By mid-year, however, optimism faded as troubling events around the world dominated headlines. The devastating earthquake and tsunami in Japan, political unrest in the Middle East, rising oil prices, a US credit downgrade, the threat of another global recession, and an escalating debt crisis in Europe weighed heavily on markets. As stock market volatility returned to global financial crisis levels, investors faced a major test to their discipline and staying power.

Although US stocks experienced some of the highest volatility in years, the broad US market delivered flat performance in 2011. Developed markets logged negative returns, and emerging markets had mixed performance, with most countries also underperforming the US. The bright spots were in the fixed income arena, where a flight to quality triggered by the euro debt crisis and US credit downgrade boosted returns on US government securities, inflation-protected securities, and municipal bonds.

The above headliner graph features some of the year’s most highly publicized events in the context of the Russell 3000 Index, a broad indicator of US stock market performance. These events are not offered as an explanation of market performance, but as an illustration that a volatile news environment can challenge even the most disciplined long-term investors.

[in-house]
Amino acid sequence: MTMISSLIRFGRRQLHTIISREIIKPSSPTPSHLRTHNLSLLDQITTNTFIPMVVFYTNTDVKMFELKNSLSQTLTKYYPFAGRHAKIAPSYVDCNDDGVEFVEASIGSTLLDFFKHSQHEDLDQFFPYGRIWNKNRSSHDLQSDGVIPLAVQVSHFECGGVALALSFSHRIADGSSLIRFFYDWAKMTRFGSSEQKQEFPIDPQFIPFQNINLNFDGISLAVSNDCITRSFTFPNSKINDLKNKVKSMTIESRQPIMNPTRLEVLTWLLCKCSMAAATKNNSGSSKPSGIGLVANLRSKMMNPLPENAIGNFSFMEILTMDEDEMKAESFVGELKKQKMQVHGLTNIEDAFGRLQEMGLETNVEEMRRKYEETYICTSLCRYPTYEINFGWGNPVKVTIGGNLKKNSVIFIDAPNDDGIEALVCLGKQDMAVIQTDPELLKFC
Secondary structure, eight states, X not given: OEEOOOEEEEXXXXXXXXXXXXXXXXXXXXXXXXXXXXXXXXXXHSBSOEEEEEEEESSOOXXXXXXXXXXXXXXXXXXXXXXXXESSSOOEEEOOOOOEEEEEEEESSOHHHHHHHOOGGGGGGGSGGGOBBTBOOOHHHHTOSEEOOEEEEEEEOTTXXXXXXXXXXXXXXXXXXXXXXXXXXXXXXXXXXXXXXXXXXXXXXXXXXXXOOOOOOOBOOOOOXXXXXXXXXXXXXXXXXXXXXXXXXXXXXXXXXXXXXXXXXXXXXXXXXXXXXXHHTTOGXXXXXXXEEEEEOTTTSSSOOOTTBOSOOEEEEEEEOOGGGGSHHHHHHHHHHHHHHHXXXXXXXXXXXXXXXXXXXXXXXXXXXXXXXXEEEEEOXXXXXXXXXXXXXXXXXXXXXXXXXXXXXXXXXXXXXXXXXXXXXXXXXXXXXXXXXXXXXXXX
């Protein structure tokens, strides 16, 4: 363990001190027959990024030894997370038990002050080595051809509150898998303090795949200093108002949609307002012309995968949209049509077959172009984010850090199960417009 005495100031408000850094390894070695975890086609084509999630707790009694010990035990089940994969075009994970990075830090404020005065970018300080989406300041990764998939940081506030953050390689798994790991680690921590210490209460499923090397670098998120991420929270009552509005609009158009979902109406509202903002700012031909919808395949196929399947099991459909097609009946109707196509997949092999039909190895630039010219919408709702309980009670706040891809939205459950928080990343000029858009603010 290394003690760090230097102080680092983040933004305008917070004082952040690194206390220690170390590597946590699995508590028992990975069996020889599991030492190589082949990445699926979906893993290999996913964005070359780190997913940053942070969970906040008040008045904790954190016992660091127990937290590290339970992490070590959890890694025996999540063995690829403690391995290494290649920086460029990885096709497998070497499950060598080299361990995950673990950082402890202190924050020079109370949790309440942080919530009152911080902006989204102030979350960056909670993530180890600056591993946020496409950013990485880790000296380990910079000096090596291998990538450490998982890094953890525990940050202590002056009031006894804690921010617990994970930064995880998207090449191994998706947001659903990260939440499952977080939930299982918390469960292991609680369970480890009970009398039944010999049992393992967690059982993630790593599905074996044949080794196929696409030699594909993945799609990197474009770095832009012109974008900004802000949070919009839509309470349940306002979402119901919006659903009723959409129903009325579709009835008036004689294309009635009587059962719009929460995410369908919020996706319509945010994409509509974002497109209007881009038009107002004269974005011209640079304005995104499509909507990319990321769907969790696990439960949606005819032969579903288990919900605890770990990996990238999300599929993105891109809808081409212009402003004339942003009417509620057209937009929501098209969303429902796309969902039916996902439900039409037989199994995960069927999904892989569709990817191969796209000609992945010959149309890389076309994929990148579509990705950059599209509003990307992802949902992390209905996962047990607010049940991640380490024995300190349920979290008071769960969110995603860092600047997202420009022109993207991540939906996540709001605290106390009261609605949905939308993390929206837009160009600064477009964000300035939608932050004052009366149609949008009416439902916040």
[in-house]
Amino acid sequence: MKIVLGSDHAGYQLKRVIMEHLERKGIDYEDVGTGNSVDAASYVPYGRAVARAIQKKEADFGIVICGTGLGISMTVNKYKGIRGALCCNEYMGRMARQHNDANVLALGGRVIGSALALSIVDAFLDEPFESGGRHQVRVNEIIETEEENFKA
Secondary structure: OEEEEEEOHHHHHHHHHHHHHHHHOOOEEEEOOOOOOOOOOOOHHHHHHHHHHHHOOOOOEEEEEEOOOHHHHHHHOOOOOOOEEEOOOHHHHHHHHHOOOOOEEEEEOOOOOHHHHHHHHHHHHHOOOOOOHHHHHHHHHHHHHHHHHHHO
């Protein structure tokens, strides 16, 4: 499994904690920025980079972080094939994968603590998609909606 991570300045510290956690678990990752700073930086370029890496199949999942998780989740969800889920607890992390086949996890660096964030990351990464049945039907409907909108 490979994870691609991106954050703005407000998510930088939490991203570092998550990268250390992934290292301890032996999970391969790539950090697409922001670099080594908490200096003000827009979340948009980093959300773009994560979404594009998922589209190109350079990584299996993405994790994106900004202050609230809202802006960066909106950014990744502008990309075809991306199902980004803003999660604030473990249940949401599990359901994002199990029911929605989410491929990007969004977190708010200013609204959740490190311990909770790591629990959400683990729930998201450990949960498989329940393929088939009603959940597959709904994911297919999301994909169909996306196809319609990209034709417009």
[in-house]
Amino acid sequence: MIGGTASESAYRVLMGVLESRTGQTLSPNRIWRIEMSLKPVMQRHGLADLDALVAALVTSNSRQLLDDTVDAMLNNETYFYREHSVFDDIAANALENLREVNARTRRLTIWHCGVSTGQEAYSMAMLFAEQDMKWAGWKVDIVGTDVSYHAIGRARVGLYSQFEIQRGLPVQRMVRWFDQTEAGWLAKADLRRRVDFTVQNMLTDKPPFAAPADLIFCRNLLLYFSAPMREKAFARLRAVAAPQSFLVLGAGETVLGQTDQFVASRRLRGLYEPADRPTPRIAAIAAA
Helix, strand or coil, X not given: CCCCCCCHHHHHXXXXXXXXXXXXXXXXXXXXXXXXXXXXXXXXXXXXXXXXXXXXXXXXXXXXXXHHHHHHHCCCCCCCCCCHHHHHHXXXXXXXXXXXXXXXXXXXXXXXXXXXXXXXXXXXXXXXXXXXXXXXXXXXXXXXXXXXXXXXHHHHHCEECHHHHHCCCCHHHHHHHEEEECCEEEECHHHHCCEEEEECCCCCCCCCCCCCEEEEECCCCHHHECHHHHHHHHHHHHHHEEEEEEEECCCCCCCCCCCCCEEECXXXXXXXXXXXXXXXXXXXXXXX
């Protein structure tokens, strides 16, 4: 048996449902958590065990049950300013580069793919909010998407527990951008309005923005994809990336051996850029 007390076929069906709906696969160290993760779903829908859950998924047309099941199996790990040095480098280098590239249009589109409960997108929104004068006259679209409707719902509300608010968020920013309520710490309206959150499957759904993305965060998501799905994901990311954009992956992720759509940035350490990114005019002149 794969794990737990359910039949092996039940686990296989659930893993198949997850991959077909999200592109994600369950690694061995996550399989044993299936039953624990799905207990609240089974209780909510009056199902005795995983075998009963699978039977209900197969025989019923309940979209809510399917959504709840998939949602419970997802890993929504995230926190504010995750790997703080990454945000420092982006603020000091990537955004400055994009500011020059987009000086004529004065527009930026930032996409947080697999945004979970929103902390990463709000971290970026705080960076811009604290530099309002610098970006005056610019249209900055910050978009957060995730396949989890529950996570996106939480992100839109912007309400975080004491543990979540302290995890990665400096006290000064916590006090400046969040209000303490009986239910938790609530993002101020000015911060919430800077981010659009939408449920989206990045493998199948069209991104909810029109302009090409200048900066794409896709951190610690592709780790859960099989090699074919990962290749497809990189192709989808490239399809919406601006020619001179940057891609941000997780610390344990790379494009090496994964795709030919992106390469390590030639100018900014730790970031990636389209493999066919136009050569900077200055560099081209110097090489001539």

The World Stock Market Performance chart below offers a snapshot of global stock market performance, as measured by the MSCI All Country World Index. Actual headlines from publications around the world are featured. Again, these headlines are just a sample of events during the year.

Throughout the year, investors could find a host of reasons to avoid stocks and wait for more positive news before returning to the market. As these select headlines suggest, determining the right time to invest is a difficult task since the market anticipates news and quickly factors in new information.

 

2011 Review: Economy and Markets

In 2011, global diversification proved as important as ever. Although diversification may not have prevented losses, investors with broadly diversified portfolios were better equipped to endure the uncertainty. Major themes during the year included:

 

European Debt Problems